The glass ceiling is alive and well, despite women across the world having increased access to health care and education. A new report published on Wednesday by the World Economic Forum (WEF) shows that the gender gap persists in both the industrial and developing world. The 2008 Global Gender Gap Report predictably ranks the Nordic countries as having the greatest equality between the sexes, with Norway now replacing Sweden at the top of the list. Saudi Arabia, Chad and Yemen were the lowest ranked in the survey of 130 countries.
The report found that on average women and men have reached near parity in access to education, health and survival. However, economically and politically the gap is still large. "The world's women are nearly as educated and as healthy as men, but are nowhere to be found in terms of decision-making," Saadia Zahidi, one of the authors of the report, told Reuters. "Given that women have almost closed the gap with men on health and education, it is a waste of their talents if they are not catching up in economics and politics."
The report, which was drawn up by researchers at Harvard University, the University of California and the WEF, uses data from the United Nations and other sources to measure the gender gap in four areas: economic participation and opportunity, educational attainment, political empowerment and health and survival.
Outside the Nordic region, which usually scores well in measures of gender equality, New Zealand, the Philippines, Ireland, the Netherlands and Latvia were in the Top Ten. Germany, the United Kingdom and Spain all fell back slightly but stayed in the top 20, while France made the biggest leap, from 51st in 2007 to 15th in 2008.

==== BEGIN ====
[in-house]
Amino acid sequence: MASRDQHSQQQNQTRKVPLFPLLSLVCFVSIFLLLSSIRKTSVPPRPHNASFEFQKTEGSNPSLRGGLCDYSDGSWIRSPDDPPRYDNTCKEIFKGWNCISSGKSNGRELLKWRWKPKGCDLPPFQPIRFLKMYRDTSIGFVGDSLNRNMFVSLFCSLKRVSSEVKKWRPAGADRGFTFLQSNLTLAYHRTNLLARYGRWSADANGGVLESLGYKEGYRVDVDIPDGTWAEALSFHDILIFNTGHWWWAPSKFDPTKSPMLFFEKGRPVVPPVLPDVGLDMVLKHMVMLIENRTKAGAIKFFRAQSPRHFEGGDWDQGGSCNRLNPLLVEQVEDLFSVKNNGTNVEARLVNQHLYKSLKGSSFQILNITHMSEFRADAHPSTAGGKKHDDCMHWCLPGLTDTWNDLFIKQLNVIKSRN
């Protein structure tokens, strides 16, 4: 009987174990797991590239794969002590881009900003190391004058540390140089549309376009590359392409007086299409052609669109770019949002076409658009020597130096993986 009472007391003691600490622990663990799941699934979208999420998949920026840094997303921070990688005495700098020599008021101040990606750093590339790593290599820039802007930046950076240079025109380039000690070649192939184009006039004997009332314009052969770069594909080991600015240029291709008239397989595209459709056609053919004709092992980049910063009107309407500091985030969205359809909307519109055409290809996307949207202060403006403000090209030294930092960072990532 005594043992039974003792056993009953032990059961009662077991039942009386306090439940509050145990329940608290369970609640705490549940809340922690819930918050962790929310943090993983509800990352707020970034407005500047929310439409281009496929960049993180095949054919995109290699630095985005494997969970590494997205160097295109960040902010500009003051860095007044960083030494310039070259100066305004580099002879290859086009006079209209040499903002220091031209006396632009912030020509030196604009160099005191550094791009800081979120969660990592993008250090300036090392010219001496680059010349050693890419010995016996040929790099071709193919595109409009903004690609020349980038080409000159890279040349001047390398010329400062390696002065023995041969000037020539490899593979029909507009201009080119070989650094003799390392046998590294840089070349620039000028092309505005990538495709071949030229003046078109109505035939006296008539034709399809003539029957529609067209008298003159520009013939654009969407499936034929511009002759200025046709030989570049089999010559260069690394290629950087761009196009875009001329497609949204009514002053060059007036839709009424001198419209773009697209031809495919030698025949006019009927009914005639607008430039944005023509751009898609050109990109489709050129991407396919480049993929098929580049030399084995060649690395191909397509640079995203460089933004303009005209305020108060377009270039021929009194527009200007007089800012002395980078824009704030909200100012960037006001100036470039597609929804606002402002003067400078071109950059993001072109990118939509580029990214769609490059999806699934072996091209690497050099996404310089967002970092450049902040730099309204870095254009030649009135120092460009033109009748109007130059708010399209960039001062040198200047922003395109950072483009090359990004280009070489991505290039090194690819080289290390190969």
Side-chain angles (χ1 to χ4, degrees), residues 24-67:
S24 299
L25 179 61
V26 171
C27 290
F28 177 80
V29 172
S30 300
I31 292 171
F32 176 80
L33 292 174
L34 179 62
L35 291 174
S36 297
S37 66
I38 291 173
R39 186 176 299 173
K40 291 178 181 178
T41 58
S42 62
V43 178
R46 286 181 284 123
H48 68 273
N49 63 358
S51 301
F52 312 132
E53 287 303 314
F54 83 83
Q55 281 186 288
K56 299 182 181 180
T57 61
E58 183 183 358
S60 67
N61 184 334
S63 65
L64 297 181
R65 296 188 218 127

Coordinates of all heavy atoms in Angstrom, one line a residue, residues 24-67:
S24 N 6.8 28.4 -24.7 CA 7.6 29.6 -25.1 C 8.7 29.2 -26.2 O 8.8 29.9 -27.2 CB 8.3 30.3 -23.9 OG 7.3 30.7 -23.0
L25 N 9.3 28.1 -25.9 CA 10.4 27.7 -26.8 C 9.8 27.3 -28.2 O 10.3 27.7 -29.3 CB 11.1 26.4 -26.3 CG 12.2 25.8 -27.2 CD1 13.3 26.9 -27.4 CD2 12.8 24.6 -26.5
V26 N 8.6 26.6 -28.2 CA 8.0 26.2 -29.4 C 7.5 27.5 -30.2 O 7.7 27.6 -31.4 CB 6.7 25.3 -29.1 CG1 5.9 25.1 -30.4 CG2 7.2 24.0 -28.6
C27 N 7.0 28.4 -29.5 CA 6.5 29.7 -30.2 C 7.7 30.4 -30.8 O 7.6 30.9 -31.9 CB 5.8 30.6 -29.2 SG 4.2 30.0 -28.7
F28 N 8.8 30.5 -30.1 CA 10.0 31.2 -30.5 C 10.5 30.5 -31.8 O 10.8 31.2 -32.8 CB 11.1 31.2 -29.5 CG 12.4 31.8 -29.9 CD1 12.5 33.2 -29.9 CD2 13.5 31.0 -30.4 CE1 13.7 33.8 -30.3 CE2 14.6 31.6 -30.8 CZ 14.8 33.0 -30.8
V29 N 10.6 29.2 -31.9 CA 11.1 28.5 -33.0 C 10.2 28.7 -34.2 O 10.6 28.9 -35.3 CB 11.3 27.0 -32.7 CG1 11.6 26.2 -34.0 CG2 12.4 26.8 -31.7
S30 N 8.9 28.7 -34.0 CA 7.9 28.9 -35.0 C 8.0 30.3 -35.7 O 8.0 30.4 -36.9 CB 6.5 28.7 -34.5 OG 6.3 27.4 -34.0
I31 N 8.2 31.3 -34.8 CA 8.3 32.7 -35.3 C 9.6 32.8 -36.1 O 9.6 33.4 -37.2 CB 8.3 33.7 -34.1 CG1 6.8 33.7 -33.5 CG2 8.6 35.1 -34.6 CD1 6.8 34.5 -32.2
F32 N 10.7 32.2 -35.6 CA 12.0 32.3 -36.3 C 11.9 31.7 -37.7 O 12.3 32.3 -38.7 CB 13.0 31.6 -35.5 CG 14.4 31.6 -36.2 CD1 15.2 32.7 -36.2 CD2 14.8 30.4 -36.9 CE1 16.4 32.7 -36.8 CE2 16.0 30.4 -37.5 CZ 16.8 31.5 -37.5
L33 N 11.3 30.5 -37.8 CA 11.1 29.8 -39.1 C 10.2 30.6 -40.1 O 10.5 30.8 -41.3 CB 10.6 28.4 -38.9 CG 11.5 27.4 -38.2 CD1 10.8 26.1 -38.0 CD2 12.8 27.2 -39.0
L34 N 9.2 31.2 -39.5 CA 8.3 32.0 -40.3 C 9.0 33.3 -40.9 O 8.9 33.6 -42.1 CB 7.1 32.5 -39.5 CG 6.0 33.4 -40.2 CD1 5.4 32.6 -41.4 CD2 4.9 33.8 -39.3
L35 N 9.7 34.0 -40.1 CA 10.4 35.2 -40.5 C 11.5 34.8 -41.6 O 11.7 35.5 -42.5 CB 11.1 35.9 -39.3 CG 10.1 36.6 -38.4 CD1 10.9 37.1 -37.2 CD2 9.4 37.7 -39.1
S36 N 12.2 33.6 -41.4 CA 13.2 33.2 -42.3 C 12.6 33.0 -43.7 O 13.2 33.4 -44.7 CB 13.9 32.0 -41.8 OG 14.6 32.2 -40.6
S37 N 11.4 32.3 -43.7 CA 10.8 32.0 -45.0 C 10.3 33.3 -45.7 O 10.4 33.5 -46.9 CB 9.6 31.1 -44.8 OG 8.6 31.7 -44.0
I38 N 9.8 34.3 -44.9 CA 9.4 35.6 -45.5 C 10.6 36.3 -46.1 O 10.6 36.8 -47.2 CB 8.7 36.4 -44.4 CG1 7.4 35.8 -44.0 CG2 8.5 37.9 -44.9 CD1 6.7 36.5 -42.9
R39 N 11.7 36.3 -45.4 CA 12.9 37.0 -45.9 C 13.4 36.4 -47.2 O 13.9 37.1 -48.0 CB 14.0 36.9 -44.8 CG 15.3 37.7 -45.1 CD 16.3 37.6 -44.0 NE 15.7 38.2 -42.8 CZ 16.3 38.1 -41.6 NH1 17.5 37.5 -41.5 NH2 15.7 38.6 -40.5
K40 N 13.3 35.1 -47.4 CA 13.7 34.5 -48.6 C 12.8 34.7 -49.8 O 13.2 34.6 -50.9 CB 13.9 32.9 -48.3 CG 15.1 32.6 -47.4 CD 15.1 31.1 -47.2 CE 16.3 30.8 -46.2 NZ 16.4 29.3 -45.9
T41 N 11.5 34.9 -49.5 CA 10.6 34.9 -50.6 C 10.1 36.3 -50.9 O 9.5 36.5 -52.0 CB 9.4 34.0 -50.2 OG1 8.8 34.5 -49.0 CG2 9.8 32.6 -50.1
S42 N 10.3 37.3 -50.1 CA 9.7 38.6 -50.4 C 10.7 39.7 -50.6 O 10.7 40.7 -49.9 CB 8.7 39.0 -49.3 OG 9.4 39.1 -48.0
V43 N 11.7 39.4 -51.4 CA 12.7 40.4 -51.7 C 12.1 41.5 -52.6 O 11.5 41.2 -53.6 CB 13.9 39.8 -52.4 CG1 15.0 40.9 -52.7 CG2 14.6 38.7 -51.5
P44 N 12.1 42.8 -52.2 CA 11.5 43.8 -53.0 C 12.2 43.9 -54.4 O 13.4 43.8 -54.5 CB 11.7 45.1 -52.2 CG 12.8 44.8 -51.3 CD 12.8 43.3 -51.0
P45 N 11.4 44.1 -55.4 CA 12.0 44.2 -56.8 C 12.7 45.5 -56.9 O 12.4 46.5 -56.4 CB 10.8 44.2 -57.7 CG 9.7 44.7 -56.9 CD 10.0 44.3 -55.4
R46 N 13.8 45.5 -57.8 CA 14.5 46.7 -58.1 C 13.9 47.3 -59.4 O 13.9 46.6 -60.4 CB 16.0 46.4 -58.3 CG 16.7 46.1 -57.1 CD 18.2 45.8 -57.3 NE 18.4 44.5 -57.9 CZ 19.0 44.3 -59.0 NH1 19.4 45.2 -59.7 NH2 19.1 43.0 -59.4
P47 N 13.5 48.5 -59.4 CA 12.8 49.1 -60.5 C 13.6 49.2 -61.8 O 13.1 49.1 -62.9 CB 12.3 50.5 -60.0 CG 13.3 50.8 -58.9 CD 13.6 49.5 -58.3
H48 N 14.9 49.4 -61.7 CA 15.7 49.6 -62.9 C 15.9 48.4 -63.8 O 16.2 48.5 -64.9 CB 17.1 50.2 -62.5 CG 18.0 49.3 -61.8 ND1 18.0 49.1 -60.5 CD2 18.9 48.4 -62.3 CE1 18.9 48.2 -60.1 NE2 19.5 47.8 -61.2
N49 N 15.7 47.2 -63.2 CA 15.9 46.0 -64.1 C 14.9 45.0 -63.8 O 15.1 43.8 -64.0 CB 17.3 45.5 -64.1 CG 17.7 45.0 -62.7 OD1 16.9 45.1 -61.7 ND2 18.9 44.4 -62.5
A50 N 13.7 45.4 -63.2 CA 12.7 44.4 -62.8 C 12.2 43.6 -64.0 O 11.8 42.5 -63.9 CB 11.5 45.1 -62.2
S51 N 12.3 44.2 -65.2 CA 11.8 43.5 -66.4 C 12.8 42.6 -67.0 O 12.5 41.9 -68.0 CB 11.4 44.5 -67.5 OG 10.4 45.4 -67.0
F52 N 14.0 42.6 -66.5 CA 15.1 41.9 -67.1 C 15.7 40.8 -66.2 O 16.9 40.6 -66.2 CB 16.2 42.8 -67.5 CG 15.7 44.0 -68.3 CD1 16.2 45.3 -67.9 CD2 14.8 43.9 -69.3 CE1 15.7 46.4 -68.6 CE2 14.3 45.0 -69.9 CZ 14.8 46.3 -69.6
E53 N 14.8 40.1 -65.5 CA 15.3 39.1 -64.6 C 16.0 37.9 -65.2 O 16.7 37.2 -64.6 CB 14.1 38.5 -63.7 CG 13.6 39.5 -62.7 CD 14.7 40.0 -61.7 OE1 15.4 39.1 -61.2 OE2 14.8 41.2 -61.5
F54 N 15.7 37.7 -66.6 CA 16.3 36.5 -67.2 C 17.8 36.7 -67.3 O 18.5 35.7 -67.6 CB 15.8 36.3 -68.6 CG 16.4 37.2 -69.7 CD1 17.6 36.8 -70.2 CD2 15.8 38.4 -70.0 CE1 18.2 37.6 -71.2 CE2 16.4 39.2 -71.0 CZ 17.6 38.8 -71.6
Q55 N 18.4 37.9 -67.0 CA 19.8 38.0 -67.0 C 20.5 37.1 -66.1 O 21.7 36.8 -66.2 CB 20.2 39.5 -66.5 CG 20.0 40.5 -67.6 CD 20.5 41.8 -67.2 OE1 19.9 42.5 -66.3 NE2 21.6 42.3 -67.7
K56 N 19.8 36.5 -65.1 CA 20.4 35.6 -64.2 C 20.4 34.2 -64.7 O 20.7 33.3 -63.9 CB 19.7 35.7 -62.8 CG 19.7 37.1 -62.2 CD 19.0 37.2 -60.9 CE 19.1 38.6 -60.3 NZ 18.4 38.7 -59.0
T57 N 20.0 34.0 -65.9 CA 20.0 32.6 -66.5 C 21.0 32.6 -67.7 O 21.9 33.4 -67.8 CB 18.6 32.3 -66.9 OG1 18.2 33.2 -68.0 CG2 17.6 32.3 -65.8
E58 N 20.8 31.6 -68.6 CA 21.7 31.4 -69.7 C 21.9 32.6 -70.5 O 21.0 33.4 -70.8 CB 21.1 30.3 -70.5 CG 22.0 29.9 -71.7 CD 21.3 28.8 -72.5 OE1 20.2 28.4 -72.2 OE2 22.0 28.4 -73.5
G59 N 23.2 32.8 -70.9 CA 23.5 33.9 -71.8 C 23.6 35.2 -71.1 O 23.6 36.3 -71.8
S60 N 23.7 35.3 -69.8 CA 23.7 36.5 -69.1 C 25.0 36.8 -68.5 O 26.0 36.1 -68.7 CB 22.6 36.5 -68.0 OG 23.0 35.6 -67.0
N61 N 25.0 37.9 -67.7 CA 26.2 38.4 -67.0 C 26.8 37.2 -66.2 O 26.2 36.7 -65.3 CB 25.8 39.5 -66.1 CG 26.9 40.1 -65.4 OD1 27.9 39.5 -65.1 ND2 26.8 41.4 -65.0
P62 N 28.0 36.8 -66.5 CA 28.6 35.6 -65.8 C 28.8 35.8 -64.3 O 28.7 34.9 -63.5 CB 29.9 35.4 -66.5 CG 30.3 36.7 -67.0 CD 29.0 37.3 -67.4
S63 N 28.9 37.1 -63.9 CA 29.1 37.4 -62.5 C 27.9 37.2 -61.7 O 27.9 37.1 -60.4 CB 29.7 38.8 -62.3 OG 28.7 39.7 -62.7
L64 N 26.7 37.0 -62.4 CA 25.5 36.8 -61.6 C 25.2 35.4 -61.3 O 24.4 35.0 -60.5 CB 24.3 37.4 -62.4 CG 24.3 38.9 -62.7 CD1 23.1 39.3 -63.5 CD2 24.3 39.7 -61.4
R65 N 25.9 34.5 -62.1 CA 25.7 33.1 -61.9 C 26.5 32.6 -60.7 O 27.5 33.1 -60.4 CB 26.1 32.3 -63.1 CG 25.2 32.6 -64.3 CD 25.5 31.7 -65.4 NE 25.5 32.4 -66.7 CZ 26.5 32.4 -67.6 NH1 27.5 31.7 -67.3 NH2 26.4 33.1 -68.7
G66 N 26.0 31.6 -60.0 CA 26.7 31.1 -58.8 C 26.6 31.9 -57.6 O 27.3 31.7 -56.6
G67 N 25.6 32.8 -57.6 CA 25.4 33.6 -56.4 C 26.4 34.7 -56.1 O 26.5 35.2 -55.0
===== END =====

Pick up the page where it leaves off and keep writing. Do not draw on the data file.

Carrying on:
Behind France's Turnaround
France's much improved performance is driven by increases in economic participation and political empowerment. While wage equality has improved, there is also now a higher percentage of French women among legislators and managers, and France now is ranked fourth-place in the world in the amount of women in government ministerial positions.
The United States was ranked 27th up from 31st last year due to the higher number of women appointed to positions of power.
The survey looks at the how well countries are dividing the resources and opportunities they have at their disposal between men and women, which explains why relatively poor countries like Lesotho or Sri Lanka were ranked in the top 20. "The index does not penalize those countries that have low levels of education overall, for example, but rather those where the distribution of education is uneven between women and men," co-author Richard Hausmann of Harvard University, told Reuters ahead of the report's publication.
The Global Gender Gap - Top 20
|New Zealand||5||78.59 %||5|
|Sri Lanka||12||73.71 %||15|
|United Kingdom||13||73.66 %||11|
|Trinidad and Tobago||19||72.45 %||46|
The report's authors says there is some evidence that there is a link between the gender gap and the economic performance of countries. According to Laura Tyson of the University of California, "Countries that do not fully capitalize effectively on one-half of their human resources run the risk of undermining their competitive potential."
And in times of global financial crisis, those resources may be needed more than ever. "Greater representation of women in senior leadership positions within governments and financial institutions is vital not only to find solutions to the current economic turmoil but to stave off such crises in the future," concludes Klaus Schwab, founder and executive chairman of the WEF.
In Iceland, that call seems to have already been heeded. Last month two women, Elin Sigfusdottir and Birna Einarsdottir, were brought in to rebuild the country's troubled financial system, taking over the two recently nationalized banks New Landsbanki and New Glitnir. A government official told the Financial Times in October that it was a sign that the women were now taking over. "It's typical, the men make the mess and the women come in to clean it up."
smd -- with wire reports